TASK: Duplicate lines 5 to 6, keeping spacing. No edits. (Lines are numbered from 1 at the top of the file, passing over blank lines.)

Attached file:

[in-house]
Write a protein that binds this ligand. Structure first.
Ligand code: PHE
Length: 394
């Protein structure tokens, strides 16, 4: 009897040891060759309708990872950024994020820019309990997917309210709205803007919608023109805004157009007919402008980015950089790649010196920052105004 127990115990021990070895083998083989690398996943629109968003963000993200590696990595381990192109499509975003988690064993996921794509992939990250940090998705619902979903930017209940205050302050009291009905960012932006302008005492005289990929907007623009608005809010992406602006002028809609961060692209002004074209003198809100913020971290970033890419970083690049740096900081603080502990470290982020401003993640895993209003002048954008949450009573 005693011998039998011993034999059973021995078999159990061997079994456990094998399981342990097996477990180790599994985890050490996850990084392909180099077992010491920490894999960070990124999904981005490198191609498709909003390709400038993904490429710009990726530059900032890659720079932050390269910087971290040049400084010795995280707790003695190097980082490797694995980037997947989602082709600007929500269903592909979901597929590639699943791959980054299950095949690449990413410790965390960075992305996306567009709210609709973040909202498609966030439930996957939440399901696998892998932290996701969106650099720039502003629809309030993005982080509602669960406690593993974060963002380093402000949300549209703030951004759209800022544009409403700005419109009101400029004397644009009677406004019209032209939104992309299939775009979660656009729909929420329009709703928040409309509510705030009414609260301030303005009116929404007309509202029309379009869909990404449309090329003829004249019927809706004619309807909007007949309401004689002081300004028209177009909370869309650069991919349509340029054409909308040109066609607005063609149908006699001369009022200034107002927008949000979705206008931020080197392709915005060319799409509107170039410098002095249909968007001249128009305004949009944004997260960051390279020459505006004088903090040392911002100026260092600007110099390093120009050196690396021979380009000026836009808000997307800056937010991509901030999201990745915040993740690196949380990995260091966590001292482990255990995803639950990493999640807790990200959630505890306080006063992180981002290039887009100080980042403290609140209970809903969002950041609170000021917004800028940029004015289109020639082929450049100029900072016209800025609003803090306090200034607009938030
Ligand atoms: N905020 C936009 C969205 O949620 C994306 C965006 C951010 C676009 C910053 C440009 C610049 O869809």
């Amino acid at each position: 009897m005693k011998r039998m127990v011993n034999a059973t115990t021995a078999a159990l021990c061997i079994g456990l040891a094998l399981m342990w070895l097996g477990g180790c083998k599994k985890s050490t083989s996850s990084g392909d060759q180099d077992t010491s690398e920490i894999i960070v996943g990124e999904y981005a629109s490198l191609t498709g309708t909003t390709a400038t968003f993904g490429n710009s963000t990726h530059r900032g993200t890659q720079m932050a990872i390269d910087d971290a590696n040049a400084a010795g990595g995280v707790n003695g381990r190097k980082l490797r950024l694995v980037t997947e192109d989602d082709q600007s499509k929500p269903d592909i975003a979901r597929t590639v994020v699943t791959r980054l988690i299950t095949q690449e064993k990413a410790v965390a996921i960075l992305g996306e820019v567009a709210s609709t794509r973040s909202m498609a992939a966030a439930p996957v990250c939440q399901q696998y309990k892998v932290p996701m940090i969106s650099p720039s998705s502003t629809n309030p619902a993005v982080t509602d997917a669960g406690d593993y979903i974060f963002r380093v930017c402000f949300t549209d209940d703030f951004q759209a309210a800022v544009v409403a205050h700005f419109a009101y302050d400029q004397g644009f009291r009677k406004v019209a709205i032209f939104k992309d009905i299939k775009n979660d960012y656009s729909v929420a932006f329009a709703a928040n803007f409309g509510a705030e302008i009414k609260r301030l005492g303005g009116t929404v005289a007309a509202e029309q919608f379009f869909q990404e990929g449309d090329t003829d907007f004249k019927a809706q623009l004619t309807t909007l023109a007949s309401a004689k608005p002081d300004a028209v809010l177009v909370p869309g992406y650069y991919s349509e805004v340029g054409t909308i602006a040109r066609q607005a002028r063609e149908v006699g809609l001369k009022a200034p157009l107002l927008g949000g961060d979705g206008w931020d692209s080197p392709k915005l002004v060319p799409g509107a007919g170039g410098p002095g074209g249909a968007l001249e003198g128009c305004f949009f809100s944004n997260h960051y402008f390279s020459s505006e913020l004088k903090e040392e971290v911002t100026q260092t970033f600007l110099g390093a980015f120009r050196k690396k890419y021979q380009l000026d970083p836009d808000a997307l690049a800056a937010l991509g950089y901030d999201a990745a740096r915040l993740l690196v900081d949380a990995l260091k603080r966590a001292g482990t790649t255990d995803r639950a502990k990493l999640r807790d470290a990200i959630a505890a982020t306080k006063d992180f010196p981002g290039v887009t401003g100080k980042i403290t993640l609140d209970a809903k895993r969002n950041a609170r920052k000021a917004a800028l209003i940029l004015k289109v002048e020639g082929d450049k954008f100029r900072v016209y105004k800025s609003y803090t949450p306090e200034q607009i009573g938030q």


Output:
């Protein structure tokens, strides 16, 4: 009897040891060759309708990872950024994020820019309990997917309210709205803007919608023109805004157009007919402008980015950089790649010196920052105004 127990115990021990070895083998083989690398996943629109968003963000993200590696990595381990192109499509975003988690064993996921794509992939990250940090998705619902979903930017209940205050302050009291009905960012932006302008005492005289990929907007623009608005809010992406602006002028809609961060692209002004074209003198809100913020971290970033890419970083690049740096900081603080502990470290982020401003993640895993209003002048954008949450009573 005693011998039998011993034999059973021995078999159990061997079994456990094998399981342990097996477990180790599994985890050490996850990084392909180099077992010491920490894999960070990124999904981005490198191609498709909003390709400038993904490429710009990726530059900032890659720079932050390269910087971290040049400084010795995280707790003695190097980082490797694995980037997947989602082709600007929500269903592909979901597929590639699943791959980054299950095949690449990413410790965390960075992305996306567009709210609709973040909202498609966030439930996957939440399901696998892998932290996701969106650099720039502003629809309030993005982080509602669960406690593993974060963002380093402000949300549209703030951004759209800022544009409403700005419109009101400029004397644009009677406004019209032209939104992309299939775009979660656009729909929420329009709703928040409309509510705030009414609260301030303005009116929404007309509202029309379009869909990404449309090329003829004249019927809706004619309807909007007949309401004689002081300004028209177009909370869309650069991919349509340029054409909308040109066609607005063609149908006699001369009022200034107002927008949000979705206008931020080197392709915005060319799409509107170039410098002095249909968007001249128009305004949009944004997260960051390279020459505006004088903090040392911002100026260092600007110099390093120009050196690396021979380009000026836009808000997307800056937010991509901030999201990745915040993740690196949380990995260091966590001292482990255990995803639950990493999640807790990200959630505890306080006063992180981002290039887009100080980042403290609140209970809903969002950041609170000021917004800028940029004015289109020639082929450049100029900072016209800025609003803090306090200034607009938030
Ligand atoms: N905020 C936009 C969205 O949620 C994306 C965006 C951010 C676009 C910053 C440009 C610049 O869809």